Cortical 'disconnection', involving disruption of white matter tracts in the brain, has been hypothesized as a mechanism of age-related cognitive decline. Diffuse hyperintensities in the white matter (so called white matter hyperintensities, WMH) on T2-weighted MRI scans are regarded to represent ischemic damage of the subcortical fiber system and are found to be increased with advanced age. In the present study, we examined whether WMH might be a mediating factor for age-effects in dichotic listening. For that purpose, we examined the association between age, deep or subcortical white matter hyperintensities (DWMH), periventricular hyperintensities (PVH) and dichotic listening performance in healthy older adults with ages ranging from 50 to 81 years. We found decreased dichotic listening performance with increasing age, specifically for the left ear (LE) but not the right ear (RE) in a standard unbiased-attention condition, and for the unattended ears but not the attended ears in conditions in which attention was controlled. Interestingly, hierarchical regression analyses revealed that the age-effect is partially mediated by DWMH specifically in the hemisphere contralateral to the attended ear. Moreover, we found indications that RE performance is specifically affected by DWMH in the right and left frontal and temporal areas, and that LE performance is mostly affected by DWMH selectively in the left hemisphere, including the left temporal area. The present study underlines the idea that disconnectivity is involved in age-related cognitive decline.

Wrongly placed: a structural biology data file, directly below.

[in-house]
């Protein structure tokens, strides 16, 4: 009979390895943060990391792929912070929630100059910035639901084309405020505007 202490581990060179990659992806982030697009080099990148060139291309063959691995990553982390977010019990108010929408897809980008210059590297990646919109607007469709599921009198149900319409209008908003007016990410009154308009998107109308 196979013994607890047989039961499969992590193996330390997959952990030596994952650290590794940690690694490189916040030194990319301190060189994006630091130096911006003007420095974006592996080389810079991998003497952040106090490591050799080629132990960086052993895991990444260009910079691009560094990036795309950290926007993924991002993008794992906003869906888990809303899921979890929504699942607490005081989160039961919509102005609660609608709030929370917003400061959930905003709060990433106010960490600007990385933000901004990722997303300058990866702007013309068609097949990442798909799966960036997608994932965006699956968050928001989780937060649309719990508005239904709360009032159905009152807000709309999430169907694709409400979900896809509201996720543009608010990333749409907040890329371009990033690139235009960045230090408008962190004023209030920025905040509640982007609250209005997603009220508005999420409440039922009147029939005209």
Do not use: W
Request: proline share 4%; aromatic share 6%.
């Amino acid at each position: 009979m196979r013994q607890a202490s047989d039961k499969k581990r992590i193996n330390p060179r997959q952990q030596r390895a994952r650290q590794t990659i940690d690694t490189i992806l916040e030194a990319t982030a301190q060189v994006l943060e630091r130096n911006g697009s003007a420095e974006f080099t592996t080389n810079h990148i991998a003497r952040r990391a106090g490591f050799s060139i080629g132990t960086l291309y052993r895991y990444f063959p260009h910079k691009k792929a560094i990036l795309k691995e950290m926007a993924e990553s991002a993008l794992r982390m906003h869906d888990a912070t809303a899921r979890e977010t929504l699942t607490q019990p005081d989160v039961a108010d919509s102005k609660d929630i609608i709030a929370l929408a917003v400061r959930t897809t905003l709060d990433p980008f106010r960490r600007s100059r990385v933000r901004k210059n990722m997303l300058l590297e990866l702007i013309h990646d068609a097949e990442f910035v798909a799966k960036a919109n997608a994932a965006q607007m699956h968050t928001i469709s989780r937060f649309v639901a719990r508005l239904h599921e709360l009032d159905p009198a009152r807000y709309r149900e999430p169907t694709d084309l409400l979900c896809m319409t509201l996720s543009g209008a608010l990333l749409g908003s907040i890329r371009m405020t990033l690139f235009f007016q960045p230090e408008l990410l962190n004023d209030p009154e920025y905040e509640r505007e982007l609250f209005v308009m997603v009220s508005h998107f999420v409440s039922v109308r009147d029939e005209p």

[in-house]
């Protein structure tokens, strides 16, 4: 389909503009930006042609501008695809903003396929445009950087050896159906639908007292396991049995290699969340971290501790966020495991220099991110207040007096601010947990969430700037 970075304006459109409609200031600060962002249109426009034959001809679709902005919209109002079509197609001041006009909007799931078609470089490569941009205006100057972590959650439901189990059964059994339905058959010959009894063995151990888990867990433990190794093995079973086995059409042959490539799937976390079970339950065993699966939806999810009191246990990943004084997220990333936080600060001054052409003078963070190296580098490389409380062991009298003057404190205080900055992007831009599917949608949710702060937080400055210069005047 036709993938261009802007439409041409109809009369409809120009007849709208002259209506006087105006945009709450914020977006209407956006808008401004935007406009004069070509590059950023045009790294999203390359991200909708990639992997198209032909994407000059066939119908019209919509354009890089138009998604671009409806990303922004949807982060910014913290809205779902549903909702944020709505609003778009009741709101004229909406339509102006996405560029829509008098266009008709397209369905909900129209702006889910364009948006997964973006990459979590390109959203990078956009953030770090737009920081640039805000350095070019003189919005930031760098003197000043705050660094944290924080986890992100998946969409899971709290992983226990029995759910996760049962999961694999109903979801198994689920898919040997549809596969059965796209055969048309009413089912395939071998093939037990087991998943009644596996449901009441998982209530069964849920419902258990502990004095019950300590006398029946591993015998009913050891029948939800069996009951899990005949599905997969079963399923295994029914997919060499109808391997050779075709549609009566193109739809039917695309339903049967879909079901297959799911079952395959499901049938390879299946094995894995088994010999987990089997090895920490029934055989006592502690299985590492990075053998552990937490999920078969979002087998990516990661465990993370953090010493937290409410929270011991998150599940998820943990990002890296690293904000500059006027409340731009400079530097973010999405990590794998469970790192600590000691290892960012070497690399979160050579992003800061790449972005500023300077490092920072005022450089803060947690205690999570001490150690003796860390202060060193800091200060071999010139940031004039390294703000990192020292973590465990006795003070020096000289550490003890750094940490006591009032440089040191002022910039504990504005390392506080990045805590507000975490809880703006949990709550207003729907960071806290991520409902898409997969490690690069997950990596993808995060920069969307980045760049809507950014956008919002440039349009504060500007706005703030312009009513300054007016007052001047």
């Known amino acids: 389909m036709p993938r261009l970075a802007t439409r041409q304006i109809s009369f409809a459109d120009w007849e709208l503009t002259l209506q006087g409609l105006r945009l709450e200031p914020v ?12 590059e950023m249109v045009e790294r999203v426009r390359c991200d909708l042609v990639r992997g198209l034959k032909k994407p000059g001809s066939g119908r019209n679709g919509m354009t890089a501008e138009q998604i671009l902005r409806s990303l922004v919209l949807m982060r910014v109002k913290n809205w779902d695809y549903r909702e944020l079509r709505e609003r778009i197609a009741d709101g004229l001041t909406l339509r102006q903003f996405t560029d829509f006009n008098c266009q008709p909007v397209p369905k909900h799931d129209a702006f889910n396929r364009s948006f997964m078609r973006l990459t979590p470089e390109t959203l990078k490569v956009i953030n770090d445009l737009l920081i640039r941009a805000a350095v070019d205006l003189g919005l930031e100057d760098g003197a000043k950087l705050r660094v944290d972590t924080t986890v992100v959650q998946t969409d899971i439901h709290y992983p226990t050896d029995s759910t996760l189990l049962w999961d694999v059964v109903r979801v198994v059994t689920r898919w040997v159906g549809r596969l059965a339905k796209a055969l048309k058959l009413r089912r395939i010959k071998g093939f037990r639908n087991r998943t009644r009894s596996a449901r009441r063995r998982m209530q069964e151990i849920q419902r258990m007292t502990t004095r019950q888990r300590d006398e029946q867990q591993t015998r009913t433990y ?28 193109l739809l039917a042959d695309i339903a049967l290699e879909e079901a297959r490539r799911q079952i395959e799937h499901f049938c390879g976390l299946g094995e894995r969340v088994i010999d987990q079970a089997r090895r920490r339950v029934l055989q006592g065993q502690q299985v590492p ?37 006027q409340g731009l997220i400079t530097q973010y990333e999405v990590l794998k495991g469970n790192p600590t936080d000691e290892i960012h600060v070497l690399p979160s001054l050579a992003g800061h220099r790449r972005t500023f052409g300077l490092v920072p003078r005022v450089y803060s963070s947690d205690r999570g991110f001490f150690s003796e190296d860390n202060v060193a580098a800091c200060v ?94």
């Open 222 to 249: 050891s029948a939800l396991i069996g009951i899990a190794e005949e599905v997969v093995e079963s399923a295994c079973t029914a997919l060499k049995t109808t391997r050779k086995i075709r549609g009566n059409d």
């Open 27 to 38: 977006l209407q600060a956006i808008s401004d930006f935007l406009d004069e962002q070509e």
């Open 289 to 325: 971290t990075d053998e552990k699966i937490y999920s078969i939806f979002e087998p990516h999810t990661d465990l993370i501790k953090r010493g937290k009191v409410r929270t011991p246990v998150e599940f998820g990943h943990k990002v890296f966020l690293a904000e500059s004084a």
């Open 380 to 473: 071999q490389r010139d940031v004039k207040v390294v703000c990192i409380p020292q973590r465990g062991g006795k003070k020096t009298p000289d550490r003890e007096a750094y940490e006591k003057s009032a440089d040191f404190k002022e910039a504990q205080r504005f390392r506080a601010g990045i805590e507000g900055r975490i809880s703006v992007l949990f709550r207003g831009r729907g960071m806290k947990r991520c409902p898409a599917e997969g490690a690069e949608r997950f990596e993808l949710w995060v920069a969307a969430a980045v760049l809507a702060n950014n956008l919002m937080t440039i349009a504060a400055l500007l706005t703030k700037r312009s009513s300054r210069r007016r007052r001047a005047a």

Additional Metadata
Keywords Attention, Cognitive aging, Dichotic listening, Disconnectivity, Hemispheric laterality, Magnetic resonance imaging
Persistent URL dx.doi.org/10.1016/j.neuropsychologia.2007.02.014, hdl.handle.net/1765/64951
Journal Neuropsychologia
Citation
Gootjes, L, Scheltens, P, van Strien, J.W, & Bouma, A. (2007). Subcortical white matter pathology as a mediating factor for age-related decreased performance in dichotic listening. Neuropsychologia, 45(10), 2322–2332. doi:10.1016/j.neuropsychologia.2007.02.014